The London Underground is an iconic underground metropolitan railroad located in London, England. In addition to shaping the city of London above it, the Underground also influenced metropolitan railroads around the world. Many nations modeled their subway systems after London's, which is also known as the Tube, due to the characteristic shape of the subway tunnels. The first line was completed in the late 19th century.
The total network that makes up the London Underground is 253 miles (408 kilometers) long. About 976 million rides are taken on it each year in 4,070 subway cars. It began in 1863, when service was first opened between Paddington Station and Farringdon Street. The system has continued to expand, with periodic constructions of new lines and retrofitting of old ones to better serve people in the city.
Construction on the metropolitan railway system, which came to be known as the London Underground, began in the Victorian era in response to increasing traffic congestion. The city's growing population made traveling in London very difficult, and it was thought that an underground railway would solve many congestion problems. The system expanded rapidly, and included 12 separate lines by 2006.
Initially, the lines were constructed using a cut and cover technique. This involved completely excavating the dirt, building a supported brick arch, and covering the arch. This technique was time consuming and contributed to congestion as well, as it blocked off vital roadways. Later, a system similar to that used in coal mining was used, where tunnels were excavated and supported with beams before being brick lined.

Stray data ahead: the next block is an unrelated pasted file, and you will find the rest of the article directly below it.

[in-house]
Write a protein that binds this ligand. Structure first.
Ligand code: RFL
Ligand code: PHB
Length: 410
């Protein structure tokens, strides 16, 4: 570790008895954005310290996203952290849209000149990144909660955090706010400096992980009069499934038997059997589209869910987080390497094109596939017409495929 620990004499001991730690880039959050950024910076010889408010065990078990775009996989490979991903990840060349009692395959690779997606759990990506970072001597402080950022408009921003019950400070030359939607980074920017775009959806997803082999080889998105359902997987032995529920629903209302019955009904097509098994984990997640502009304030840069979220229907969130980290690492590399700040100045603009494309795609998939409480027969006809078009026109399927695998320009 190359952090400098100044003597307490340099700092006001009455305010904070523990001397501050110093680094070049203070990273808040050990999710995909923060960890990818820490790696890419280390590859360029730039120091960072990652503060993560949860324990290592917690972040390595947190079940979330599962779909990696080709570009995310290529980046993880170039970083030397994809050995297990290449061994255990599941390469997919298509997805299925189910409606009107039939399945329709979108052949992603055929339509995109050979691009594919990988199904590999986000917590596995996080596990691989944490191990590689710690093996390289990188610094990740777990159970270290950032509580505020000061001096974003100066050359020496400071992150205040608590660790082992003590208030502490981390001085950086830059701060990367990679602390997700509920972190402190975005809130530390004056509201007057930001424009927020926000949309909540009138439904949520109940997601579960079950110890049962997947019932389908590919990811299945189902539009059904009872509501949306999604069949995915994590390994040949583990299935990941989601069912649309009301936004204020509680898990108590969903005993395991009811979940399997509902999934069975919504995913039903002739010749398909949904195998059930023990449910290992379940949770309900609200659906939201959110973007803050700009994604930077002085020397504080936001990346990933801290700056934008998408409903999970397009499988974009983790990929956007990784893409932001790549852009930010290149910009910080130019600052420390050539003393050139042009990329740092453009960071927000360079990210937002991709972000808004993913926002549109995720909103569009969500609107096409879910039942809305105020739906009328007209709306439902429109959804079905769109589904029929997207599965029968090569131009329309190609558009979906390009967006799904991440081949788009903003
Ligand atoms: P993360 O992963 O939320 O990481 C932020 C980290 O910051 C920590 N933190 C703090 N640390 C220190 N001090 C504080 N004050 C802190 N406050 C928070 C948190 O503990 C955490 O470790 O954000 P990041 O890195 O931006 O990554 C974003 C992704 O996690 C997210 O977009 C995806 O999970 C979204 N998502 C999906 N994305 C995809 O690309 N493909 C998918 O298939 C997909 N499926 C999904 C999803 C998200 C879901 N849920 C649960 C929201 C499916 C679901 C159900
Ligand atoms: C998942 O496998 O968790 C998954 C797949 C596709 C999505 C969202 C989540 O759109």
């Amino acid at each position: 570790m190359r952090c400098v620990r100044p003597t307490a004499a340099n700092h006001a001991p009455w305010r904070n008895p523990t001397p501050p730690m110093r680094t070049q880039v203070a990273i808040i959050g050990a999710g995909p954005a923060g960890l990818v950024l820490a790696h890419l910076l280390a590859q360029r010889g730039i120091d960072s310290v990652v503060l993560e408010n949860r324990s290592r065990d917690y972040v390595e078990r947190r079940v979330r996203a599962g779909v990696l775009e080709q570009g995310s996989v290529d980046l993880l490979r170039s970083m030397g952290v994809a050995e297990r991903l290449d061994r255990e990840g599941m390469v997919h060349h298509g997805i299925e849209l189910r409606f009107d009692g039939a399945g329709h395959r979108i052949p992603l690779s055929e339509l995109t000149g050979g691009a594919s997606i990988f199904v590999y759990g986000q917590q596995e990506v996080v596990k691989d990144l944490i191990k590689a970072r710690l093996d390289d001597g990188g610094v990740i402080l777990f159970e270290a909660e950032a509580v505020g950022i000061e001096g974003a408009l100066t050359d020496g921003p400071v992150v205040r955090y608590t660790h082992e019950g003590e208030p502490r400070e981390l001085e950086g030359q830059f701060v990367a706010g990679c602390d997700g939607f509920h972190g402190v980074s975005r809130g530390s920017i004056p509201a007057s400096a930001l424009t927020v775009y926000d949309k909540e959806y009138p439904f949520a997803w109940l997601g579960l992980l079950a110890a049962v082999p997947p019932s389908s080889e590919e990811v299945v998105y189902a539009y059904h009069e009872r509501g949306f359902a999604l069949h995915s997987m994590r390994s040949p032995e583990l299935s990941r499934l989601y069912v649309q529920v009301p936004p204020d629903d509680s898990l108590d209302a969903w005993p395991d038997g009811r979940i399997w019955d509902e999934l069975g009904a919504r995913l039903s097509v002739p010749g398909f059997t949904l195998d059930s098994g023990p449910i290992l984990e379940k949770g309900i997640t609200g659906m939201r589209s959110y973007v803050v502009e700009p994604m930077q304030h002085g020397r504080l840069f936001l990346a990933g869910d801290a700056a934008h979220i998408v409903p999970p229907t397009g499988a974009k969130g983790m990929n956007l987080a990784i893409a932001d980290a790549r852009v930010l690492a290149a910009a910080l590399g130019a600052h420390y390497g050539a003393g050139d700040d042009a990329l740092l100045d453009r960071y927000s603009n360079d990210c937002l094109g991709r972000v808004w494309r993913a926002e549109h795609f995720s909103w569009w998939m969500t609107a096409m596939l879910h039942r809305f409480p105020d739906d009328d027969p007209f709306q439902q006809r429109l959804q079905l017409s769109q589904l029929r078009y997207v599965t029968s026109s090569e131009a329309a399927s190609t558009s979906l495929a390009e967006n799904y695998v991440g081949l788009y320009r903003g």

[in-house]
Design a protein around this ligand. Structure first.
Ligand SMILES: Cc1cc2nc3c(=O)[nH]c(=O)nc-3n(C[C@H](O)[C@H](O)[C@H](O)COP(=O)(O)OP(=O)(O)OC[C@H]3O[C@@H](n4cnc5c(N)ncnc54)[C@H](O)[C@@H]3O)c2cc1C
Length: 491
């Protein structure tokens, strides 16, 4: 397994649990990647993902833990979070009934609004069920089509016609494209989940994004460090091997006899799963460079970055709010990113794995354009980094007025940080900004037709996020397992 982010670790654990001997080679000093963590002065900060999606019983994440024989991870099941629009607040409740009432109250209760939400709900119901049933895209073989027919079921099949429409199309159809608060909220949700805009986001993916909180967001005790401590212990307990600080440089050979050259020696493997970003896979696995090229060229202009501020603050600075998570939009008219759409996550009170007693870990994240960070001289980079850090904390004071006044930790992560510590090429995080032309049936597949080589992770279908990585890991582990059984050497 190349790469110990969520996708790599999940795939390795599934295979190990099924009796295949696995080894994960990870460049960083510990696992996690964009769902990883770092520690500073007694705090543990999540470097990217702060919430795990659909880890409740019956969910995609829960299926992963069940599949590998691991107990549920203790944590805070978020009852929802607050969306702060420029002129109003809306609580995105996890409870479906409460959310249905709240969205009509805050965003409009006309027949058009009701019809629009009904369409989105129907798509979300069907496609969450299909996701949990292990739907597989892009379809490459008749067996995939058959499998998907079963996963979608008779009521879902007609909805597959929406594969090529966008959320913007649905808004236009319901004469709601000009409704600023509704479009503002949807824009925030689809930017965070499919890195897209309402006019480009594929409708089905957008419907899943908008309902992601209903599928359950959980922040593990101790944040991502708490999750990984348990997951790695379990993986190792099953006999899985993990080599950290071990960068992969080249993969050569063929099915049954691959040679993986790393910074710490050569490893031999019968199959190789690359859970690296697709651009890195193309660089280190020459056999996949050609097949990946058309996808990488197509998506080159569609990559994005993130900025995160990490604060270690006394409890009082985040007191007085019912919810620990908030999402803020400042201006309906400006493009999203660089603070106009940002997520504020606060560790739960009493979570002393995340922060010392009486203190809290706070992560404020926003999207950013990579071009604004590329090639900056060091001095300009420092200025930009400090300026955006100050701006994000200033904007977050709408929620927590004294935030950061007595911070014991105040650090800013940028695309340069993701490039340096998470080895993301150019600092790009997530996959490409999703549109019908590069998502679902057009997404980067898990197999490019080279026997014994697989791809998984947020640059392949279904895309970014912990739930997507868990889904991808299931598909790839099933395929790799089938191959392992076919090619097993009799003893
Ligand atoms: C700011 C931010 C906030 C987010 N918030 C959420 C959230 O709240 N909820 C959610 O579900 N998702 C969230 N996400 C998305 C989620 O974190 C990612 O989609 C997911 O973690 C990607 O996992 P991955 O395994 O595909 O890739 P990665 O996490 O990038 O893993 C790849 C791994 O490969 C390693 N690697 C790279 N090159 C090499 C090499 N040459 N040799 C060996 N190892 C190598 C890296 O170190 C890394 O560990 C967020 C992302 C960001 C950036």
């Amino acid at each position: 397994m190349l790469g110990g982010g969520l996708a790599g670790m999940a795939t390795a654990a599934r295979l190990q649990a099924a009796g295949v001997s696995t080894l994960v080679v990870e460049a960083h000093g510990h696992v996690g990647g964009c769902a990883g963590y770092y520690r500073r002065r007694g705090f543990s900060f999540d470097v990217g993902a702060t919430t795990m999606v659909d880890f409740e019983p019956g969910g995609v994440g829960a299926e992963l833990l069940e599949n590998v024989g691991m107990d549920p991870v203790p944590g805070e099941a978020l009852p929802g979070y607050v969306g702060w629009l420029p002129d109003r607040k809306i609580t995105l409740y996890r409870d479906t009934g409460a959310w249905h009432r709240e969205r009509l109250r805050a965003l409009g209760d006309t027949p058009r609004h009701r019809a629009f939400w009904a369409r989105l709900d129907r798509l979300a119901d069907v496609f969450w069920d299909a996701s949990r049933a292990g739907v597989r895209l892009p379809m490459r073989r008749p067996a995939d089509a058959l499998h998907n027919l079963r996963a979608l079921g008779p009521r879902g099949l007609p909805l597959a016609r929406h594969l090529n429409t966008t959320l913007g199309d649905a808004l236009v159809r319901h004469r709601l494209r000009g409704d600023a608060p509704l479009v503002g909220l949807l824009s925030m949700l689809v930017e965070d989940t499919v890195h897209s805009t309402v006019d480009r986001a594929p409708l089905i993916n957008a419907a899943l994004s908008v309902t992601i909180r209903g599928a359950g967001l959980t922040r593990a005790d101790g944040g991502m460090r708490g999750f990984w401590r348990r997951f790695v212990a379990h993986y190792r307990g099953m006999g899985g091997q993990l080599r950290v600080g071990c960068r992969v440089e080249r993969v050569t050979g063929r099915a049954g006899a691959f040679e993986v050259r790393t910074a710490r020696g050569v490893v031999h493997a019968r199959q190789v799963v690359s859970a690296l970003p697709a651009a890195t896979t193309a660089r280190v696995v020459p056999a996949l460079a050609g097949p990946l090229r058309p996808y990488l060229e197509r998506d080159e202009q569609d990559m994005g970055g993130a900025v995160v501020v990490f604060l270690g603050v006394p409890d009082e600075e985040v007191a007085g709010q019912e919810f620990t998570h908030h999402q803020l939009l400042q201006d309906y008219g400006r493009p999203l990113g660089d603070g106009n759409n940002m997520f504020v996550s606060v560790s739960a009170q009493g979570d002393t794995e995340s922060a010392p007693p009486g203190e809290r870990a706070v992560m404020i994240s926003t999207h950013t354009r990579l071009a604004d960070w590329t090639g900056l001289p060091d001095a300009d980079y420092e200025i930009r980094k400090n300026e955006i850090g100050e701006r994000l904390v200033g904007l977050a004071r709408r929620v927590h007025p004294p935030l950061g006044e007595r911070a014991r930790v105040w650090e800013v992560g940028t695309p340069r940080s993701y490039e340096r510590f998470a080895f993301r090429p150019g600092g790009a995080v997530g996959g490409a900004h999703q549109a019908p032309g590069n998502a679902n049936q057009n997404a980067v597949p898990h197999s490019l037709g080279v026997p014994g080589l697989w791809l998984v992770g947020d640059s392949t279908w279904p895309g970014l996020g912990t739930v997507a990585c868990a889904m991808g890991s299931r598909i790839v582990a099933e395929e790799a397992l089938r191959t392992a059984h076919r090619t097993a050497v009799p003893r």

The first line to be completed was the Circle Line, which was finished in 1884. Other lines followed quickly, including the Central Line, Bakerloo, and Hammersmith and City. Initially, the Underground used steam trains, but began to convert to electric trains in the early 1900s. Electronic ticket machines were introduced in 1918, and the system continued to be at the forefront of metropolitan railway innovation.
The London Underground's extensive network was employed for use as underground bomb shelters during World War II. Britons of all ages and classes sheltered underground during numerous bombings of London. Expansion on the system ceased during the war, with partially completed lines being used for storage and basic manufacturing. In 2003, the Underground was integrated into the Transport for London system, which is aimed at increasing efficiency and capability of London's transit services.
The Tube also has a unique map, designed by Harry Beck in 1933. Beck realized that a geographically accurate and properly scaled map would be difficult for travelers to read. His map simplified the system to its essence, color coding the various lines and smoothing out their routes so that the entire network could be represented simply and plainly. Maps styled after his are used for transit systems everywhere to quickly convey basic information about routes to travelers.
The London Underground also has several “ghost stations” that were closed for various reasons, but still exist. Some of them are like time capsules perfectly capturing the moment at which they were closed, while others have been more or less erased from history. Tours of the disused stations are sometimes held, and they are an interesting look into the heart of the subway system.